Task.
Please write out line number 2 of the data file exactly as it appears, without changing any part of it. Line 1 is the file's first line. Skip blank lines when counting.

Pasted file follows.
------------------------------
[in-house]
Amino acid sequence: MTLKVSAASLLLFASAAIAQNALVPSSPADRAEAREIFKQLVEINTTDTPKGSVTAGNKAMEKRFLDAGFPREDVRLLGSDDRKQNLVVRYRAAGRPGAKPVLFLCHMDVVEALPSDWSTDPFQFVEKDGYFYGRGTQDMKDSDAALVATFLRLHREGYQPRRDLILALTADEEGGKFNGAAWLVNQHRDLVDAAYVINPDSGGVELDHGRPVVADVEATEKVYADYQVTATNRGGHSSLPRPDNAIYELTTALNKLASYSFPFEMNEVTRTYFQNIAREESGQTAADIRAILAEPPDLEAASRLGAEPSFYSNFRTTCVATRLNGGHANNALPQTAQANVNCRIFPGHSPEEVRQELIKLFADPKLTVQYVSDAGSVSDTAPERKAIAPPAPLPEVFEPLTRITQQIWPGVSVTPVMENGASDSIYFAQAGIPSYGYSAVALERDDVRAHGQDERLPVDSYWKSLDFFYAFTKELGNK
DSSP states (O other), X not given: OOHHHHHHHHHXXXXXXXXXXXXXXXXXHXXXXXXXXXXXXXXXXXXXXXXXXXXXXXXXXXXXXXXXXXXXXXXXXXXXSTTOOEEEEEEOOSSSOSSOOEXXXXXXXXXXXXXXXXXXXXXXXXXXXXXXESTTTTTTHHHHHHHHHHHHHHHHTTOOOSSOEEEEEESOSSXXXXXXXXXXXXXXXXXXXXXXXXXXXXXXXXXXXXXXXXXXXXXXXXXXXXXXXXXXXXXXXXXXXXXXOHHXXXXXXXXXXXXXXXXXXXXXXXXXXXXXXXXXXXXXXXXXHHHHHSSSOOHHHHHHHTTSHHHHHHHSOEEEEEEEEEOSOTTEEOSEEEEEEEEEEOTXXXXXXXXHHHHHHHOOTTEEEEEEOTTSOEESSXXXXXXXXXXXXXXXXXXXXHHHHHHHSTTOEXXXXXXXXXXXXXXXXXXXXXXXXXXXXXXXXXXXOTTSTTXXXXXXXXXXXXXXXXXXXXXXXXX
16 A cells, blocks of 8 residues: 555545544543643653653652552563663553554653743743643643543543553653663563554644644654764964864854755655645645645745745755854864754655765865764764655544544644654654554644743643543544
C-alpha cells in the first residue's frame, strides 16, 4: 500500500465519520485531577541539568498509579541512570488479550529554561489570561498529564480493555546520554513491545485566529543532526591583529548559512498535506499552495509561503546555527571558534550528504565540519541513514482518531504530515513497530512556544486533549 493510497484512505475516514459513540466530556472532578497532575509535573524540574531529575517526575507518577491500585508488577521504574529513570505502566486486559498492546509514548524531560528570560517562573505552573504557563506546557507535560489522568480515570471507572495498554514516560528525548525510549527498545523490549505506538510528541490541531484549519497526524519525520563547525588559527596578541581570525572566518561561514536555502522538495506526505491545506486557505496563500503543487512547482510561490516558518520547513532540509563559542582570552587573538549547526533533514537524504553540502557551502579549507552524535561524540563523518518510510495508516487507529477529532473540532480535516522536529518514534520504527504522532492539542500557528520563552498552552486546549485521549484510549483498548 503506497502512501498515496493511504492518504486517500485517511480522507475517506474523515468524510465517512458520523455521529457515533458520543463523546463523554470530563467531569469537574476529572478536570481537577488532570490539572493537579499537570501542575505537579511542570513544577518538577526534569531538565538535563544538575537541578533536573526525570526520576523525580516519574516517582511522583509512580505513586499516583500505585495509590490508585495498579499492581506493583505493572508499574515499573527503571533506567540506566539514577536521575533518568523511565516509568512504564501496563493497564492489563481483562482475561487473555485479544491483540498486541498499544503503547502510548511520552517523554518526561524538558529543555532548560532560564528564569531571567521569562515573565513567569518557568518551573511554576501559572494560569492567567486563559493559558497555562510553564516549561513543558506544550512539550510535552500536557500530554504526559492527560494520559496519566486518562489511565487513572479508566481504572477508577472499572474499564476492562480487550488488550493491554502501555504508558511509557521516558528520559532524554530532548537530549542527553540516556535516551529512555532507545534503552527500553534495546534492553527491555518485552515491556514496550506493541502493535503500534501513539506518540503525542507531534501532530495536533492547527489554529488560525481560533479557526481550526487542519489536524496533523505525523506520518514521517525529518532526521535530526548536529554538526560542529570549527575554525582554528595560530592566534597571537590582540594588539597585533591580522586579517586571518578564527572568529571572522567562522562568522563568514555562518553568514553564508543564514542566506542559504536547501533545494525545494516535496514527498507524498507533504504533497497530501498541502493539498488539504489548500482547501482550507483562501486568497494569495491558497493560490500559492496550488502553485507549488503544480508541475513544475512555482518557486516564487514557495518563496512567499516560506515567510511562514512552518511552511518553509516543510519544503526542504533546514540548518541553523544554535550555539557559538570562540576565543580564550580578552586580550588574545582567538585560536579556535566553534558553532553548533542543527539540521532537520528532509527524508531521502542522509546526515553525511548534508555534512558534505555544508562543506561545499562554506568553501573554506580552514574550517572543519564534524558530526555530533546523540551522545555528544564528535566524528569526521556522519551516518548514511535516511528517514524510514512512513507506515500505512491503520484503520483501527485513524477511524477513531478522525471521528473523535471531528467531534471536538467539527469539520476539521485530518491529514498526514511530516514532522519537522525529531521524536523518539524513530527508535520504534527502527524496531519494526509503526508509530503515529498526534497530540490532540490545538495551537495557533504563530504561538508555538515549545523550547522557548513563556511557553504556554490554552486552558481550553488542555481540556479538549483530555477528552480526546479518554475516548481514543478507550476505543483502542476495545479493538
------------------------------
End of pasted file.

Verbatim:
Amino acid sequence: MTLKVSAASLLLFASAAIAQNALVPSSPADRAEAREIFKQLVEINTTDTPKGSVTAGNKAMEKRFLDAGFPREDVRLLGSDDRKQNLVVRYRAAGRPGAKPVLFLCHMDVVEALPSDWSTDPFQFVEKDGYFYGRGTQDMKDSDAALVATFLRLHREGYQPRRDLILALTADEEGGKFNGAAWLVNQHRDLVDAAYVINPDSGGVELDHGRPVVADVEATEKVYADYQVTATNRGGHSSLPRPDNAIYELTTALNKLASYSFPFEMNEVTRTYFQNIAREESGQTAADIRAILAEPPDLEAASRLGAEPSFYSNFRTTCVATRLNGGHANNALPQTAQANVNCRIFPGHSPEEVRQELIKLFADPKLTVQYVSDAGSVSDTAPERKAIAPPAPLPEVFEPLTRITQQIWPGVSVTPVMENGASDSIYFAQAGIPSYGYSAVALERDDVRAHGQDERLPVDSYWKSLDFFYAFTKELGNK